There are two types of people when it comes to credit card payments. They are transactors and revolvers. A transactor makes their payment in full by the due date and a revolver makes a partial payment. There is nothing wrong with being either. However, because a revolver carries a revolving balance each month, they are constantly being hit with interest charges. Depending on how much outstanding balance they carry, interest charges can get expensive. As they gradually pay off the balance, they may not notice a significant reduction in their balance because, by the next cycle day, another interest is charged
Protect yourself from fraud
Always protect yourself from fraud. No one is immune to fraud and this is another way alerts come in handy. Setting up alerts quickly notifies you of unauthorized transactions on your account and enables you to deal with them in a timely fashion. Generally, institutions have a 30 days’ time frame to allow customers to dispute any fraudulent or unrecognized transactions on their statement. After that, reimbursement is subject to their discretion. Imagine having an enormous amount of fraudulent charges that you can’t afford and only being refunded a partial amount. As unfair as that sounds, it is written in the terms and agreement you accepted, thus, alerts allow you to have the upper hand.
Review your statement
Make it your duty to review your statement every month. If you keep the same spending habits or perhaps, signed up for automatic payments, it is easy and quick for you to pay off you bills without checking your statement. While that may be a good thing, reviewing your statement is even better. This way, you can catch those little bank fees on your statement or maybe a refund or adjustment you are yet to get from a previous transaction
Redeem your rewards
I am a fan of getting credit cards that come with some form of rewards. If you have a basic card that doesn’t come with any form of rewards program but still have the same fees as others, you may want to consider a product change. With every $ you spend, you are getting points that you can redeem towards a future plan.
This is why it is essential to get a credit card that fits perfectly to your needs and lifestyle. For example, if I have a travel card and I have spent so much on travelling, with the number of points I may have accumulated, it is possible that it can cover the cost of my next trip. If you are a traveller and you had a card like that, it is easy for you to remember. On the contrary, if you aren’t a traveller and you had a travel card, chances are, you may not remember to redeem those points. And, some points come with an expiration date. All that money spent for nothing?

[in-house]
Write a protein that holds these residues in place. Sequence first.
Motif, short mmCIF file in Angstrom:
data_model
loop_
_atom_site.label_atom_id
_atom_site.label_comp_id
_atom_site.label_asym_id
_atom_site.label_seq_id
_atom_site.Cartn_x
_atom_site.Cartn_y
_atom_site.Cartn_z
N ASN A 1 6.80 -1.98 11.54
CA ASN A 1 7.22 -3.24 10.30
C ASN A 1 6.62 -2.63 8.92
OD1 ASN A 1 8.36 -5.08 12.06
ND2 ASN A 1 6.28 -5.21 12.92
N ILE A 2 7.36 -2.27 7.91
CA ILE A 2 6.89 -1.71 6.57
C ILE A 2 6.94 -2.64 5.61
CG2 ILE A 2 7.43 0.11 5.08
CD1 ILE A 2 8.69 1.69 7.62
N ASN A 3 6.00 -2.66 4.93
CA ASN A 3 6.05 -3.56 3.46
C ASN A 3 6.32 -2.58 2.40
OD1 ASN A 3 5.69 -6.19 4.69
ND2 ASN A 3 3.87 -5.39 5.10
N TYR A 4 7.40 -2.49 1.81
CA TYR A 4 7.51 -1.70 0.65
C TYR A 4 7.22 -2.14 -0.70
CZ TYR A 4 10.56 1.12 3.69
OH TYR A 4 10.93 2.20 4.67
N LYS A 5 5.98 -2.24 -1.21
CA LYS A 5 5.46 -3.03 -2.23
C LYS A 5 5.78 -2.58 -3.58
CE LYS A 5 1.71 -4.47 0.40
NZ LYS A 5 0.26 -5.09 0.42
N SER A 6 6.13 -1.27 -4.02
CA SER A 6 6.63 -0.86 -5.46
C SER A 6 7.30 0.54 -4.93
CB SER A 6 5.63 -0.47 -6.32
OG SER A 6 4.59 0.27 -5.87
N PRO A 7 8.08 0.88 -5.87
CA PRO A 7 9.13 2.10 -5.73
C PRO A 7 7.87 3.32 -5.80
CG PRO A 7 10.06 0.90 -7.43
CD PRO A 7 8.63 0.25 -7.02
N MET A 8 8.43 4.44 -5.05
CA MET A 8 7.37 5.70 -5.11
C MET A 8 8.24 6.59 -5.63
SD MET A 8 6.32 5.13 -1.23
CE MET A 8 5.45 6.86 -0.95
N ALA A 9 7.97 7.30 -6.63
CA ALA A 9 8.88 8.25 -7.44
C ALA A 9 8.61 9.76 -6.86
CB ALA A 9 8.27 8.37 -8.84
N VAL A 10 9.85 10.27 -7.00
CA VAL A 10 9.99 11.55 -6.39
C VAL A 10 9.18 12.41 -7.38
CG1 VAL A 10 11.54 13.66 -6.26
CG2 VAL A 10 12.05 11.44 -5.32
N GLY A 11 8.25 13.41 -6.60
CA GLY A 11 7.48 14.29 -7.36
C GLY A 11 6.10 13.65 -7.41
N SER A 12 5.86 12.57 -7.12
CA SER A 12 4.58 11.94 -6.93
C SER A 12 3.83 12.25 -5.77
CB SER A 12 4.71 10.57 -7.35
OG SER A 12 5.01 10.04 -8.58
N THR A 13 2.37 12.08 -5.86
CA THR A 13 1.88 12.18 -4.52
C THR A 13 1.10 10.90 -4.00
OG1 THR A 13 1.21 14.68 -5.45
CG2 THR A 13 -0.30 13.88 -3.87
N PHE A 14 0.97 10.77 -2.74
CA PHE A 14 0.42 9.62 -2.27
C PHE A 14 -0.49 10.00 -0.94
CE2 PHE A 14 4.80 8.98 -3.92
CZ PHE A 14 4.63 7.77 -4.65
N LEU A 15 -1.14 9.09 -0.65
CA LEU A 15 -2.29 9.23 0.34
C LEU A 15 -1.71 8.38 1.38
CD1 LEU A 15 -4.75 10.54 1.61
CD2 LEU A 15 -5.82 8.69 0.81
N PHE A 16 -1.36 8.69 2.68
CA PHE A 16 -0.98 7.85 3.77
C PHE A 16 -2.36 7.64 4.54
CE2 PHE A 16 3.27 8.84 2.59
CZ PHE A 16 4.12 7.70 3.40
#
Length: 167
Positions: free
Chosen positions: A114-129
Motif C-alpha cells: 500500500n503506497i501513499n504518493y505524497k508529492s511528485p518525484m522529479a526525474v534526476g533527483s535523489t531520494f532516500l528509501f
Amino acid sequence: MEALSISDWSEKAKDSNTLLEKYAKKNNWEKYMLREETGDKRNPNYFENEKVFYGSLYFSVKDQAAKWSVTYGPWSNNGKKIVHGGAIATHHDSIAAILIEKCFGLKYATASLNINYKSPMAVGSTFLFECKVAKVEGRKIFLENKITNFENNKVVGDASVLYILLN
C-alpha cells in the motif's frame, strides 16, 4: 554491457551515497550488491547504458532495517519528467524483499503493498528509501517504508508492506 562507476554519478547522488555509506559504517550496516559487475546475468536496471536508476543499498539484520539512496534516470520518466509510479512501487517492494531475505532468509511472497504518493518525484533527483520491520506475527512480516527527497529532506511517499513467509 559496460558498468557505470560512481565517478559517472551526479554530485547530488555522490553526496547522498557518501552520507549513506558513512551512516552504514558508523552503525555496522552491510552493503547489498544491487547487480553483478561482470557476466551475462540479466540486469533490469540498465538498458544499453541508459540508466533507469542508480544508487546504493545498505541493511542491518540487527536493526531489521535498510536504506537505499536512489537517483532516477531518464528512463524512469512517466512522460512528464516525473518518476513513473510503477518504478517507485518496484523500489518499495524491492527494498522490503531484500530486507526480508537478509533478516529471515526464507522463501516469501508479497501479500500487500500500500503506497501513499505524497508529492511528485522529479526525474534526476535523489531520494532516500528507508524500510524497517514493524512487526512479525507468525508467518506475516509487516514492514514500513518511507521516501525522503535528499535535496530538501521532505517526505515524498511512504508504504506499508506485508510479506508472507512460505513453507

Familiarize with the perks
Familiarize with the perks and insurance that your credit card offers. This can be of insane benefits to you and also save you a substantial amount of money. For example, I once damaged my iPhone, but, because I made that purchase using my credit card, I was able to file a claim with the insurance company and was sent to cheque to purchase a new one at no extra cost to me. A lot of cards I have seen come with auto rental discounts or insurance. The good thing is when you rent a car on your credit card you don’t need to pay that extra $25 insurance premium because your card has you covered.
Know the fees:
Ignorance is not always excusable when dealing with credit card fees. When you are charged a credit card fee, it is important to understand why that fee was charged in the first place. Sometimes, they are willing to make the exception to educate you and reimburse you and other times, they are only willing to educate you. To prevent all of that in the first place, read the welcome package that comes with your card and get to know the fees and how to avoid them
Don’t apply for multiple cards
When you like what another institution offers or you don’t have the same limit as your friend who is also a student, you may want to create a new credit card application
Seriously, don’t do it.
This is not good for your credit and as a first-time credit card user, you may get declined. Give it at least 6 months before you go ahead to apply for another one. After at least 6 months, when you have established a good repayment history and creditworthiness, you may qualify for a better offer with your current issuer and you will have also improved your chances of being approved